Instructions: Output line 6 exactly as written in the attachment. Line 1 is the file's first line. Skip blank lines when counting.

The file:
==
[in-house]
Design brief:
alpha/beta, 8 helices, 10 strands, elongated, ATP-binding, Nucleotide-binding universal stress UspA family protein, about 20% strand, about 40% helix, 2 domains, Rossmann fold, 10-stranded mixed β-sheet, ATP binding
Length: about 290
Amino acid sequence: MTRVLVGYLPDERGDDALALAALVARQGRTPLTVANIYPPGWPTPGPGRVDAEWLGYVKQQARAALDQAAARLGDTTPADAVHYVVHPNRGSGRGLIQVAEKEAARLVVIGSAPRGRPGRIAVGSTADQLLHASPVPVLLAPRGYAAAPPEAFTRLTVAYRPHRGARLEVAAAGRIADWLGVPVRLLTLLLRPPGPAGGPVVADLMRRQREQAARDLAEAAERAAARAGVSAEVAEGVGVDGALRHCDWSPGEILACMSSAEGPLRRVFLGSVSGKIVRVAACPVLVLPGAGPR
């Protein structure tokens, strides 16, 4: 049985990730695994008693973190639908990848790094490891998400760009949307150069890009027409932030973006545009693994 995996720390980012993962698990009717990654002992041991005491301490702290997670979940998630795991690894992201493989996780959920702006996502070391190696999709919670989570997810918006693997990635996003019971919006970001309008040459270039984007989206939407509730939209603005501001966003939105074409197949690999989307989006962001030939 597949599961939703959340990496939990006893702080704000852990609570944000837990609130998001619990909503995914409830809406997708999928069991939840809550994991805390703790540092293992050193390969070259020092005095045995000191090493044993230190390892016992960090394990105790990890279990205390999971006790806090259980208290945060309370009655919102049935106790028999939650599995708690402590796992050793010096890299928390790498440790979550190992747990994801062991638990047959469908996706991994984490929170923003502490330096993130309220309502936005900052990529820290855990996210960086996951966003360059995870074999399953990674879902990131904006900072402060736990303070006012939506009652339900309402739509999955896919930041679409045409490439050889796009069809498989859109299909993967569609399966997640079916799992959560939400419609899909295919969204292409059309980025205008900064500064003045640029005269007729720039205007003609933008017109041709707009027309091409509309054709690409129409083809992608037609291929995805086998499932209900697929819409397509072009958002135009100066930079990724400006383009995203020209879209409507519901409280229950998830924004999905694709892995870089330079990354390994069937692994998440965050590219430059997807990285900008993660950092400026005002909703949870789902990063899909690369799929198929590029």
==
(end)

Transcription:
């Protein structure tokens, strides 16, 4: 049985990730695994008693973190639908990848790094490891998400760009949307150069890009027409932030973006545009693994 995996720390980012993962698990009717990654002992041991005491301490702290997670979940998630795991690894992201493989996780959920702006996502070391190696999709919670989570997810918006693997990635996003019971919006970001309008040459270039984007989206939407509730939209603005501001966003939105074409197949690999989307989006962001030939 597949599961939703959340990496939990006893702080704000852990609570944000837990609130998001619990909503995914409830809406997708999928069991939840809550994991805390703790540092293992050193390969070259020092005095045995000191090493044993230190390892016992960090394990105790990890279990205390999971006790806090259980208290945060309370009655919102049935106790028999939650599995708690402590796992050793010096890299928390790498440790979550190992747990994801062991638990047959469908996706991994984490929170923003502490330096993130309220309502936005900052990529820290855990996210960086996951966003360059995870074999399953990674879902990131904006900072402060736990303070006012939506009652339900309402739509999955896919930041679409045409490439050889796009069809498989859109299909993967569609399966997640079916799992959560939400419609899909295919969204292409059309980025205008900064500064003045640029005269007729720039205007003609933008017109041709707009027309091409509309054709690409129409083809992608037609291929995805086998499932209900697929819409397509072009958002135009100066930079990724400006383009995203020209879209409507519901409280229950998830924004999905694709892995870089330079990354390994069937692994998440965050590219430059997807990285900008993660950092400026005002909703949870789902990063899909690369799929198929590029």